Tina Fey Hates Sex Workers

Kitty Stryker with Andre Shakti. (Screencap from Ban This Sick Filth, courtesy of Kitty Stryker)

Kitty Stryker with Andre Shakti. (Screencap from Ban This Sick Filth, courtesy of Kitty Stryker)

I’m in the middle of being flogged by Courtney Trouble for Banned in the UK (NSFW), an anti-censorship porn critiquing obscenity laws. It’s getting a little hot and heavy and my ass is getting red when the tails whip around and smack the cameraperson, my lover, in the face. We all dissolve into giggles.

And they say there’s no authenticity in porn.

I have a boner to pick with Rashida Jones (Parks and Recreation), an actress and one of the producers of an “intimate and ultimately harrowing” documentary about porn performers (because even when a documentary is expressing disgust and pity for sex workers, it’s still sexualized). Directors Jill Bauer and Ronna Gradus are very concerned about the impact of porn on culture; it was the subject of their first documentary, Sexy Baby. During an interview at the Sundance Film Festival about the film (which was bought by Netflix), Ms. Jones said, “Women should feel pleasure and have sex and feel good about it—and there’s a lot of shame involved with porn,” adding that “[i]t’s performative, women aren’t feeling joy from it.”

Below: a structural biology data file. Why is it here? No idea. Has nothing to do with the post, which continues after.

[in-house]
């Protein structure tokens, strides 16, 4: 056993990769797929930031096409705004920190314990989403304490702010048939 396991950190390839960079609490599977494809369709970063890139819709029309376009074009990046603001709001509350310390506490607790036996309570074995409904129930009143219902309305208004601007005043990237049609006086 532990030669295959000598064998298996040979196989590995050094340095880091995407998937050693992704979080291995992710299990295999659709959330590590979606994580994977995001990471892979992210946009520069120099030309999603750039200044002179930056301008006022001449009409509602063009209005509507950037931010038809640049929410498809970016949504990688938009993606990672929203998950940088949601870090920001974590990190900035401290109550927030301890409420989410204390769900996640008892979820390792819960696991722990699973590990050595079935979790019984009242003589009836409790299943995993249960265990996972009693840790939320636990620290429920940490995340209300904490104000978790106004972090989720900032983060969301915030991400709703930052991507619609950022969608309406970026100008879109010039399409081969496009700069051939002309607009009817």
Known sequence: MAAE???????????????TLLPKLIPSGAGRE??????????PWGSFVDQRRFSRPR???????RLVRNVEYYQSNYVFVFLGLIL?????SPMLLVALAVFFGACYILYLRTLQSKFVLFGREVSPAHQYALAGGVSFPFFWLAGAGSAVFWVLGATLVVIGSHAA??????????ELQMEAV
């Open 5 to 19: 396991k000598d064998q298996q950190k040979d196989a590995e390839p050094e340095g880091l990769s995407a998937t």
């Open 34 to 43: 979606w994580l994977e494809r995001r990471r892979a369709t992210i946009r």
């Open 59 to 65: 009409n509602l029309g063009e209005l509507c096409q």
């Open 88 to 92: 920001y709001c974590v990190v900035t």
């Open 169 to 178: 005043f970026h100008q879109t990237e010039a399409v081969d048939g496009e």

I’m an amateur-ish porn performer and one of the directors of a little company called TROUBLEfilms. As a queer owned, queer focused operation, fulfilling cis male fantasies is not really high up on our list of priorities, but I guess since everyone knows that “only men are visual” all porn is basically the same, right? And of course as the casting director of this company, I am blasé about performer safety and health—it’s not like we have a multi-page document of model rights and our ethical standards.

If only porn was as progressive as Hollywood—oh, wait, except there’s more representation in the porn industry for female directors and producers than in the mainstream film industry.

But I’m going to put aside my sarcasm for a minute, because this is a serious issue with serious consequences. There’s been a lot of discussion about “authenticity” in porn and how amazing and valuable and feminist a quality it is, but I call bullshit on that discourse. Indie porn performer Arabelle Raphael made a great point last year by stating that porn is still labor, and as such, it is by its very nature performative. All labor requires some sort of performance, from smiling at customers you dislike to being polite when you hate your boss. Labor in the entertainment field, whether that be acting on stage, screen, or in adult movies, is even more explicitly staged. Activist sex worker Siouxsie Q wrote about how when she was working with a feminist pornographer, the actual, negotiated sex she wanted to have with a real life play partner was considered “too much” to be “authentic” as defined by that director. So who decides, then, what is authentic and what is performative? Are these actually opposite ends of a spectrum?

(Editor’s note: Content warning—NSFW images after the jump.)

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This week at Tits and Sass we reviewed one book from a john, one from sex worker hater Tina Fey, and a classic pimp flick. Elle wrote about her understanding of Slutwalk through the lens of sexual assault at work, and we showed you the most offensive political ad ever made.